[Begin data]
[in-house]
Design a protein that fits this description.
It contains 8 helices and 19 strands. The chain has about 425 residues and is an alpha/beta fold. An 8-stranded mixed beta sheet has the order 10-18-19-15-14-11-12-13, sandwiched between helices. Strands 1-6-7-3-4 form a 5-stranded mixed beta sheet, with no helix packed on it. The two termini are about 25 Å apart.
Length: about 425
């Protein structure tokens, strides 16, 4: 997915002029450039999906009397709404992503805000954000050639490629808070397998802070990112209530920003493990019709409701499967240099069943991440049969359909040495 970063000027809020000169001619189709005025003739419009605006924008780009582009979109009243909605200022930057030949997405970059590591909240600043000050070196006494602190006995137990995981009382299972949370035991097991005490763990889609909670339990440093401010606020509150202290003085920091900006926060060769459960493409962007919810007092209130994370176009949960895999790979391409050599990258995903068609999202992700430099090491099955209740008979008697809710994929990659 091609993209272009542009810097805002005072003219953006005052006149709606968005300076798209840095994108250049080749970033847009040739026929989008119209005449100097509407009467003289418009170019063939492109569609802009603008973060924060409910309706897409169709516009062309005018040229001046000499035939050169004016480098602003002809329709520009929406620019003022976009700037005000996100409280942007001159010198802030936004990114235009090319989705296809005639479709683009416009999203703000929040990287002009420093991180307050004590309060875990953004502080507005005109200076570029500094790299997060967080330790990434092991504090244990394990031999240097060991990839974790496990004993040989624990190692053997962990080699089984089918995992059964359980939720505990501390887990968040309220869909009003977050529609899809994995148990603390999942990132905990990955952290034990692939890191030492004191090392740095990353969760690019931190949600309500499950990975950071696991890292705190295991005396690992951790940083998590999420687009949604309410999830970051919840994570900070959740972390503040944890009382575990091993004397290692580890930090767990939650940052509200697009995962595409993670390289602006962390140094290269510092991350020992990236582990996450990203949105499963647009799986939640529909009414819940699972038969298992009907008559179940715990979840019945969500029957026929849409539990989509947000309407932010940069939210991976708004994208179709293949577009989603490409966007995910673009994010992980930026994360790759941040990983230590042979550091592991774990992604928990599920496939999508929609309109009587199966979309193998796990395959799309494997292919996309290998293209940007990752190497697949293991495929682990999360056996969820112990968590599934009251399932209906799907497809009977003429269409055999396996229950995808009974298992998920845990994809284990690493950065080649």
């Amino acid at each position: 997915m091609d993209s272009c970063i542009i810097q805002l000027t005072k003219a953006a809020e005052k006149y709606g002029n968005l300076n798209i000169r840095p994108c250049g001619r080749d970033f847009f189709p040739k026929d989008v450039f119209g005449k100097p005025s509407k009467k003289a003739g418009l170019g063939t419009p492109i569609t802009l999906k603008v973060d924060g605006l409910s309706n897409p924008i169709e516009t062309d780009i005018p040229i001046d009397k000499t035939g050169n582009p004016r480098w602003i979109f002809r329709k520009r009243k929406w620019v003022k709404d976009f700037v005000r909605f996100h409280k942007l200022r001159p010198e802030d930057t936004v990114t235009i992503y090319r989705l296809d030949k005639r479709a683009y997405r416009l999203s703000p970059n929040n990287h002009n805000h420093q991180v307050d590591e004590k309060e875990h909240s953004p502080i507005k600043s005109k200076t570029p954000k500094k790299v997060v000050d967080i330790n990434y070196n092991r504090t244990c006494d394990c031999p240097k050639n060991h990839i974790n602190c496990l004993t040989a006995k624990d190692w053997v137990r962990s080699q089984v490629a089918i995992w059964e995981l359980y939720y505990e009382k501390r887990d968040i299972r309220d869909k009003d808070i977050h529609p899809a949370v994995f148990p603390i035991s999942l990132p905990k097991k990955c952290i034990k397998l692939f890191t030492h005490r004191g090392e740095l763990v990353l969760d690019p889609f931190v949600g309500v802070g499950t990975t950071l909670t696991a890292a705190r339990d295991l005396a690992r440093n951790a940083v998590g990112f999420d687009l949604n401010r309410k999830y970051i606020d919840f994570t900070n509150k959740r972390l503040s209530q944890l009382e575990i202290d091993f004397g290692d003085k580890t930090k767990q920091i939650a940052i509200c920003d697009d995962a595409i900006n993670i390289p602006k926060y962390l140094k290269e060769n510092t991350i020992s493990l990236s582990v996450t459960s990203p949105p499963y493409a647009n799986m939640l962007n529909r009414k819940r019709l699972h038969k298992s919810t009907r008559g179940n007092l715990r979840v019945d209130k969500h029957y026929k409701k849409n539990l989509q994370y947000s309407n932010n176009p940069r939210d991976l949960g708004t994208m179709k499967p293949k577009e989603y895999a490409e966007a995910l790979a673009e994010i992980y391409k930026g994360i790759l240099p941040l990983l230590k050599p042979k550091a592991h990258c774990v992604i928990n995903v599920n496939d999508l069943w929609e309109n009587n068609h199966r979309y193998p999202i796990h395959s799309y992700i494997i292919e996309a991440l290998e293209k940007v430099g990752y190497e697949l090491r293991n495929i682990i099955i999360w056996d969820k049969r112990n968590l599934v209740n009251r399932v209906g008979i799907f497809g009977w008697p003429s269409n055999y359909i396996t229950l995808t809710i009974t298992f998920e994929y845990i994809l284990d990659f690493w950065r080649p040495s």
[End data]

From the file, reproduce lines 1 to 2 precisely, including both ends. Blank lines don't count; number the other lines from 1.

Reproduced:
[in-house]
Design a protein that fits this description.